UK government is not prepared for climate disasters, says spending watchdog | Extreme weather #government #prepared #climate #disasters #spending #watchdog #Extreme #weather

The UK government is not adequately prepared for climate disasters including severe droughts and floods, a report by the National Audit Office has found.

Climate campaigners have said that the UK government is “like a boiling frog” and “oblivious” to extreme weather.

Four extreme weather events including droughts, surface water flooding, storms and high temperatures (including heatwaves) were assessed by the independent public spending watchdog to determine how well-prepared the country is.

Storms, floods and heatwaves can cause deaths, while droughts can have devastating effects on agriculture and there are concerns that supplies of running water in certain areas of the country could run out for periods in the future.

The report took into account the fact that these events are becoming more likely, and will be more intense when they hit because of the changes to the climate caused by burning fossil fuels. For instance, by 2050 there is expected to be a 50% chance each year that summer temperatures will match those of 2018, the joint hottest on record.

It found that the Cabinet Office, whose role it is to coordinate government response to events “does not have clearly defined targets, or an effective strategy in place to make the UK resilient to extreme weather.”

This means, according to the report, it is difficult for government to make informed decisions on investment to prevent or mitigate extreme weather events. The investigators also found that there was limited evidence of risk assessments being carried out as part of funding decisions.

The government also does not track or evaluate its spending on extreme weather resilience, the report found, which means there is no way to tell if any measures taken by ministers are effective. The report said infrastructure – such as roads, rail, power and datacentres – is not designed to withstand extreme weather, particularly high temperatures and heatwaves.

NAO officials have recommended the government puts targets and goals in place to safeguard the UK from the extreme weather events that are becoming more intense and more likely due to climate breakdown. They also suggested that the Cabinet Office consider the merits of a chief risk adviser to coordinate the response and funding for climate disasters.

Gareth Davies, the comptroller and auditor general of the NAO, said: “The UK’s experience during the pandemic demonstrated the vital importance of building resilience, and that lesson also applies to extreme weather events.

“Government needs to place sufficient emphasis on prevention and preparedness – clearly articulating the level of risk it will tolerate – and making informed decisions about prioritisation to ensure efficient and effective investment for the long term.”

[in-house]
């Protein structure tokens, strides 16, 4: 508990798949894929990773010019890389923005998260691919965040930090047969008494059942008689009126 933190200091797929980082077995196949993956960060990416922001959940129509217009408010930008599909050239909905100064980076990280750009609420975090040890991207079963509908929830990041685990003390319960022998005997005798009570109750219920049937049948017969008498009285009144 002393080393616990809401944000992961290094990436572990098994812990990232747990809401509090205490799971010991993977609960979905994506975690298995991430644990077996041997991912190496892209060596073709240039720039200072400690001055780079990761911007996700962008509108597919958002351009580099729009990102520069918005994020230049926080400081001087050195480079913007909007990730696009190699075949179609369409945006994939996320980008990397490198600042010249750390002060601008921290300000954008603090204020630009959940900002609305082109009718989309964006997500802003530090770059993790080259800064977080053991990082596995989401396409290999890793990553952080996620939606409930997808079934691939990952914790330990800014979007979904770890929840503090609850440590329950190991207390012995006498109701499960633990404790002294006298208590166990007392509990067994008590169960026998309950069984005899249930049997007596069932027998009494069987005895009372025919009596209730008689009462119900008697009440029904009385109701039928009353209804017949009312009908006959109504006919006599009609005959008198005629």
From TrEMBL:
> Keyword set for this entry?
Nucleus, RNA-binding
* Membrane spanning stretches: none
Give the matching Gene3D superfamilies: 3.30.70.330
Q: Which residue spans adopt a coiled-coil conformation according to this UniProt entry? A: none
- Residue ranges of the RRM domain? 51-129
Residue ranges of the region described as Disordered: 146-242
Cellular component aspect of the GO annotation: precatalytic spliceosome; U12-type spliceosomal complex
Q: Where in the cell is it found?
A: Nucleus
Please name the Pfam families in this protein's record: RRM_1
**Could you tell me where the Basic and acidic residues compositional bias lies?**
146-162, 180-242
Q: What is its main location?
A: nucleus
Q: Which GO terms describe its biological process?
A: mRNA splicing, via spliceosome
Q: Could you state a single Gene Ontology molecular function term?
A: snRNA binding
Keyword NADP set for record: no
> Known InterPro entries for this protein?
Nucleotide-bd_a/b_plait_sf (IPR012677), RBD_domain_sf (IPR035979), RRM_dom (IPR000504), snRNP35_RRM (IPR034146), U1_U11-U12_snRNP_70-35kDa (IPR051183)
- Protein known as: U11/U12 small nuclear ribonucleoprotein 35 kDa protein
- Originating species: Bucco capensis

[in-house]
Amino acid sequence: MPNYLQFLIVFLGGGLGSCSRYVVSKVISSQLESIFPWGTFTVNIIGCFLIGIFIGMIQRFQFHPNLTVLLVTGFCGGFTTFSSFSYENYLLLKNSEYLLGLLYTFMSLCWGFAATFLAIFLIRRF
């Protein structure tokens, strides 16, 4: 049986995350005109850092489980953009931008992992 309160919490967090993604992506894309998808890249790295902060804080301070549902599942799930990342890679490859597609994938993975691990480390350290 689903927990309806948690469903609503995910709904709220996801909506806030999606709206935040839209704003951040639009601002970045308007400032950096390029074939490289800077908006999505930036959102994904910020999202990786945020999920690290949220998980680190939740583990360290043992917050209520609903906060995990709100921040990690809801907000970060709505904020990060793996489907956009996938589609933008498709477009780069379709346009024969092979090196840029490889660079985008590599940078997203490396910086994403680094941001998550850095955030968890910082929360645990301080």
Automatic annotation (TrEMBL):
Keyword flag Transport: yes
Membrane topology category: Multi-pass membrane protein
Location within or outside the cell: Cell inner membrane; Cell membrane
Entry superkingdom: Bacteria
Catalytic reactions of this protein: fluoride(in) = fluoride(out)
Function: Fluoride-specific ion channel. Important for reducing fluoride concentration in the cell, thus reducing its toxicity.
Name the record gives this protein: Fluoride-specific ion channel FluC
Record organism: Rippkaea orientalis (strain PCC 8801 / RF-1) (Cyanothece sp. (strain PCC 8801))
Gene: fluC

The report found that the government does have some effective measures in place when extreme weather events occur, or when they are about to occur, such as taking into account forecasting from the Met Office and issuing weather warnings.

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Georgia Whitaker, a climate campaigner at Greenpeace UK, said: “Like a boiling frog, the UK government is seemingly oblivious to rising temperatures and the extreme weather that comes with it. This year was the hottest on record, and we’ve been battered by storm after storm in recent months, which has caused devastating floods right across the country. The climate crisis is happening right now and this damning report makes it very clear that the government is unprepared to deal with its impacts.

“To make matters even worse, Rishi Sunak’s climate rollbacks and new oil and gas licences, which undermine international leadership, will aggravate the climate crisis and condemn communities to more frequent and severe extreme weather events in future. Either Sunak and his government step up and starts taking the climate crisis seriously or voters will put someone in charge that will.”

Meg Hillier, a Labour MP who is chair of the public accounts committee, said: “Extreme weather events can have devastating consequences for individuals, communities and businesses. They are becoming more frequent and more severe. Eight of the 89 risks included in the government’s national risk register are extreme weather events. Today’s NAO report says that government currently has no well-defined vision for what a resilient, well-adapted UK looks like.

“Without this it cannot make informed decisions about short and long-term priorities, investment and funding allocations or evaluate how public funds are being spent. Government needs to do more to prepare for extreme weather. It must place emphasis on prevention and preparedness and make long-term investments to protect people and businesses.”

A Cabinet Office spokesperson said: “As the deputy prime minister set out this week, we are making excellent progress on building flexible and agile capabilities, systems and strategies which ensure the UK is prepared for emerging threats. This includes constantly improving our systems, for example vastly increasing the number of datasets being fed into the National Situation Centre, and launching a new 24/7 emergency alerts system in April, which is able to deliver warnings and information to the public.”

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